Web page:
setcookie(name, value, expire, path, domain, secure, httponly); 

where:  • name represents the name of the cookie;

 • value parameter represents the value of the cookie, that is stored on the clients computer (as an example, if the name is MyCookie, this value is retrieved through $_COOKIE[' MyCookie ']);

 • expire parameter is the time until cookies expire, to set that parameter you need to use the time() function plus the number of seconds before you want it to expire (per example, you can set the time of the cookie expiration after 7 days like that:

time() + (86400 * 7));  86400=24h*60min*60sec

 • path on the server in which the cookie will be available on;

 • domain is the domain that the cookie is available to;

 • secure parameter indicates that the cookie should only be transmitted over a secure HTTPS connection from the client;

 • httponly – when TRUE the cookie will be made accessible only through the HTTP protocol. This means that the cookie won’t be accessible by scripting languages, such as JavaScript.

   • setrawcookie() is exactly the same as setcookie() the only difference is that the cookie value will not be automatically urlencoded when sent to the browser.

In the next section, we will see some of the most used operations of the cookies in PHP.

1. Setting new cookie and getting the cookie

The listing below sets the cookie named ‘test’, with the value ‘Cookie’ and the expiration date after 7 days, using the above described function setcookie(). The result, the ‘test’ cookie, can be seen into the below printscreens of the browsers, in our case Mozilla Firefox and Google Chrome, using the two corresponding extensions for cookies: Firebug and HTML5 Storage Manager All in One:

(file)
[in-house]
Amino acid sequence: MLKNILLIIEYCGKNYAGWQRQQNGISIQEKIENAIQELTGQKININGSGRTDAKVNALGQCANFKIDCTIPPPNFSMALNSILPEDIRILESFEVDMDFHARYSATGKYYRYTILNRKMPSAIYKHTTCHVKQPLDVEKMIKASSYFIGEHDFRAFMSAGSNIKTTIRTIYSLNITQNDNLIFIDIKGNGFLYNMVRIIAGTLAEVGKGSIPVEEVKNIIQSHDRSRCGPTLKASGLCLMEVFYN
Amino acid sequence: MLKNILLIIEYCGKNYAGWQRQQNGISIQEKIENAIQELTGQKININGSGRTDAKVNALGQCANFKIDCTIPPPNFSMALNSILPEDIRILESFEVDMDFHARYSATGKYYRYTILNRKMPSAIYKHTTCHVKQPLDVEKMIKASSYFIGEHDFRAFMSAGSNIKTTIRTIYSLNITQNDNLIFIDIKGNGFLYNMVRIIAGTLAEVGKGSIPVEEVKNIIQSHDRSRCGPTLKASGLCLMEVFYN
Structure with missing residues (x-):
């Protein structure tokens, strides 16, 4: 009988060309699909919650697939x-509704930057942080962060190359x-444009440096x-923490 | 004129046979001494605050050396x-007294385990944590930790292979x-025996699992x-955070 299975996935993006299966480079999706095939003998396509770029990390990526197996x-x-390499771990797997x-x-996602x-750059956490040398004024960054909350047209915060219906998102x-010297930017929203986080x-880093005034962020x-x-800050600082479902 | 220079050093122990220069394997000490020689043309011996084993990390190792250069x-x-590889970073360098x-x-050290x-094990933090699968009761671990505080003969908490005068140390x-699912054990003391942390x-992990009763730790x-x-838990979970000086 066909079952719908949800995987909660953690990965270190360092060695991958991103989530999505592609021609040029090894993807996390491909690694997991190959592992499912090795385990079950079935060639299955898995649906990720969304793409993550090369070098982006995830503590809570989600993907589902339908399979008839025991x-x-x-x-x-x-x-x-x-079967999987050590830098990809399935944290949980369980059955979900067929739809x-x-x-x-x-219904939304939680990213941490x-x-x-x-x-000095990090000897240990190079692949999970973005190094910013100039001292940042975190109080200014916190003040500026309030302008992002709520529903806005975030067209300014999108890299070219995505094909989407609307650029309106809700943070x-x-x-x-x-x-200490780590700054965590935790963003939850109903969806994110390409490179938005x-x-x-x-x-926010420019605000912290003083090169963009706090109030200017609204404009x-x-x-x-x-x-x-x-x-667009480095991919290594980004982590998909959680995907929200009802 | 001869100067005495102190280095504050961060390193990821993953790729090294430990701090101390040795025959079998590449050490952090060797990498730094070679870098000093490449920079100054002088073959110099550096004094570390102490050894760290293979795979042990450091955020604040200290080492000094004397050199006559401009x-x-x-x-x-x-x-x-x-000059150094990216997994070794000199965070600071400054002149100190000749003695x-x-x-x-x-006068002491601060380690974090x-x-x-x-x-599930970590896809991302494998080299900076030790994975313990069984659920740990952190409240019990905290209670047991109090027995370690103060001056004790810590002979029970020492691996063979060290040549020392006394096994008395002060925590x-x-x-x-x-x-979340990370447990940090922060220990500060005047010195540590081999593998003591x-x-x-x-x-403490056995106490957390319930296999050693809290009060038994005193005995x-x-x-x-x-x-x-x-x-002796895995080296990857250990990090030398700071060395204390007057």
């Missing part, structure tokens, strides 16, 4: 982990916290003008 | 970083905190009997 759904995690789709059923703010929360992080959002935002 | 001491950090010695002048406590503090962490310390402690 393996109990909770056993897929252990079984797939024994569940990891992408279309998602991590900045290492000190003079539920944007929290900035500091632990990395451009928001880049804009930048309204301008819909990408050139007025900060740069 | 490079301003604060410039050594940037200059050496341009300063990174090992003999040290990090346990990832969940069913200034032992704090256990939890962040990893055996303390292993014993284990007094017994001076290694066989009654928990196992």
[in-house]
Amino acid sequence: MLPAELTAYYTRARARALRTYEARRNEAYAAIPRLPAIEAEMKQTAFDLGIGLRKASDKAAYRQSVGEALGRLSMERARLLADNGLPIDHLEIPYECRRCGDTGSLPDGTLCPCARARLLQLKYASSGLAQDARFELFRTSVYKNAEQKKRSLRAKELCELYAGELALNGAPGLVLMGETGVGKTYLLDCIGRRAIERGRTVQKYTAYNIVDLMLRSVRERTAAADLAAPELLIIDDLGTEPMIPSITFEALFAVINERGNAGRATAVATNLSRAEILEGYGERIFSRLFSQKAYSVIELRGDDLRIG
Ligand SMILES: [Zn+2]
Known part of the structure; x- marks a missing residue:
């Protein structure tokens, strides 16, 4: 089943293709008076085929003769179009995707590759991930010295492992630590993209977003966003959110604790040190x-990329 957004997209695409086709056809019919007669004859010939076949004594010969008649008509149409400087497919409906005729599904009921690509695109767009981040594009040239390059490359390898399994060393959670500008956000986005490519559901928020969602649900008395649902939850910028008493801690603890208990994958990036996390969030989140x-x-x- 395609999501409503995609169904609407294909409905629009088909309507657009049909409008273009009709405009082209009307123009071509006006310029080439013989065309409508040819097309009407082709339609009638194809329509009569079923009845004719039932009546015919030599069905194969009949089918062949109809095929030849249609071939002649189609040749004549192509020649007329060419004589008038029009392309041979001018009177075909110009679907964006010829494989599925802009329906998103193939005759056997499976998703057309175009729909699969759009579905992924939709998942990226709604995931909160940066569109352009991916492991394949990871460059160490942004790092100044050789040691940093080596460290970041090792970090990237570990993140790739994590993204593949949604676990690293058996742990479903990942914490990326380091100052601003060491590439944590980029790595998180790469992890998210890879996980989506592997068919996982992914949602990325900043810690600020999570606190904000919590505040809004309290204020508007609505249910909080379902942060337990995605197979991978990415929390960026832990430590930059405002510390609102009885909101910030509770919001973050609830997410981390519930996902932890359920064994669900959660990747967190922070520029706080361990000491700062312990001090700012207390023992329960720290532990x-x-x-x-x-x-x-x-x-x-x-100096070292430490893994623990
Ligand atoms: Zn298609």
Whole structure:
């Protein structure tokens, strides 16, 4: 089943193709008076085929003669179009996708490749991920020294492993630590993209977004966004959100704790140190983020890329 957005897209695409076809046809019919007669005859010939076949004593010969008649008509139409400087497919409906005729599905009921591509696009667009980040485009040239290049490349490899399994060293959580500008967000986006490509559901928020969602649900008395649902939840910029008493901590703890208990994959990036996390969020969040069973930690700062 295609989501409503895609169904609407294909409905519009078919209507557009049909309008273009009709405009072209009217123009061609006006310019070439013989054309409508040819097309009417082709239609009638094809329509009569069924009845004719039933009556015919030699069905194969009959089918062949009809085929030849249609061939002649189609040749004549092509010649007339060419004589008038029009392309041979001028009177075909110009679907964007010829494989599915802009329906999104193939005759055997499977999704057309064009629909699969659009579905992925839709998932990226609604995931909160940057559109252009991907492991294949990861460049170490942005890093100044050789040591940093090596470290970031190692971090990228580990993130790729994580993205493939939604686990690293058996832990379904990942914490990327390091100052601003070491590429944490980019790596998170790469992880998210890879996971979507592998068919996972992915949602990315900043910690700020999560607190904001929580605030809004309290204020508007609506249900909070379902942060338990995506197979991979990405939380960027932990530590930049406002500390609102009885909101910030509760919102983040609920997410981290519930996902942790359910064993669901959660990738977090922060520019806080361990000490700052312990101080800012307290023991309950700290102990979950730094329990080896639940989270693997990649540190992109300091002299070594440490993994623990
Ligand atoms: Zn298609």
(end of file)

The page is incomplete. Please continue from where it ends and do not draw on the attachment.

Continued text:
$cookie_name = "test";
$cookie_value = "Cookie";

//setting the cookie name, value and expiration date - after 7 days
setcookie($cookie_name, $cookie_value, time() + (86400 * 7), "/"); 

//listing the cookie
echo $_COOKIE["test"];

Checking the cookie using the Mozilla Firefox extension, Firebug

Checking the cookie using the Google Chrome extension, HTML5 Storage Manager All in One

2. Accessing Cookies with PHP

The simplest way to access cookies in PHP, is to use $_COOKIE that is an associative array of variables passed to the current script via HTTP Cookies. Following example set and access three cookies:

   setcookie("name", "Rafa Nadal", time()+3600, "/","", 0);
   setcookie("age", "28", time()+3600, "/", "",  0);
   setcookie("RolandGarros", "9", time()+3600, "/", "",  0);
   echo $_COOKIE["name"]. " ----- ". $_COOKIE["age"]." ----- ".$_COOKIE["RolandGarros"];

Accessing the three cookies setted in the above listing

3. Updating Cookie

To update a cookie, all you need to do is to set the cookie again, using the setcookie() method:

   setcookie("name", "Rafa Nadal", time()+3600, "/","", 0);
   setcookie("age", "29", time()+3600, "/", "",  0);
   setcookie("RolandGarros", "9", time()+3600, "/", "",  0);
   //updating the cookie 'name'
   setcookie("name", "Roger Federer", time()+3600, "/","", 0);
   echo $_COOKIE["name"]. " ----- ". $_COOKIE["age"]." ----- ".$_COOKIE["RolandGarros"];

Modify a cookie

4. Deleting Cookie

To delete a cookie, you must set the time parameter as expired, so that cookie will be deleted automatically, as you can see in the below example. Cookies must be deleted with the same parameters as they were set with. If the value argument is an empty string, or FALSE, and all other arguments match a previous call to setcookie(), then the cookie with the specified name will be deleted from the remote client.

	//the cookie is expired, so it will be deleted
	setcookie("age", "56", time()-3600);

	//deleting the cookie by setting the value argument FALSE or an empty string
      setcookie("age", "FALSE", time(), "/", "",  0);
      setcookie("age", "", time(), "/", "",  0);

Deleting the ‘age’ cookie

5. Check if Cookies are Enabled

To check if cookies are enabled we need to use the count() function, like in the below listing:


setcookie("name", "Rafa Nadal", time()+3600, "/","", 0);

if(count($_COOKIE) > 0) {
    echo "Cookies are enabled.";
} else {
    echo "Cookies are disabled.";


This article as explored what the cookies are and why are they useful, how to set a cookie and make different operations over it.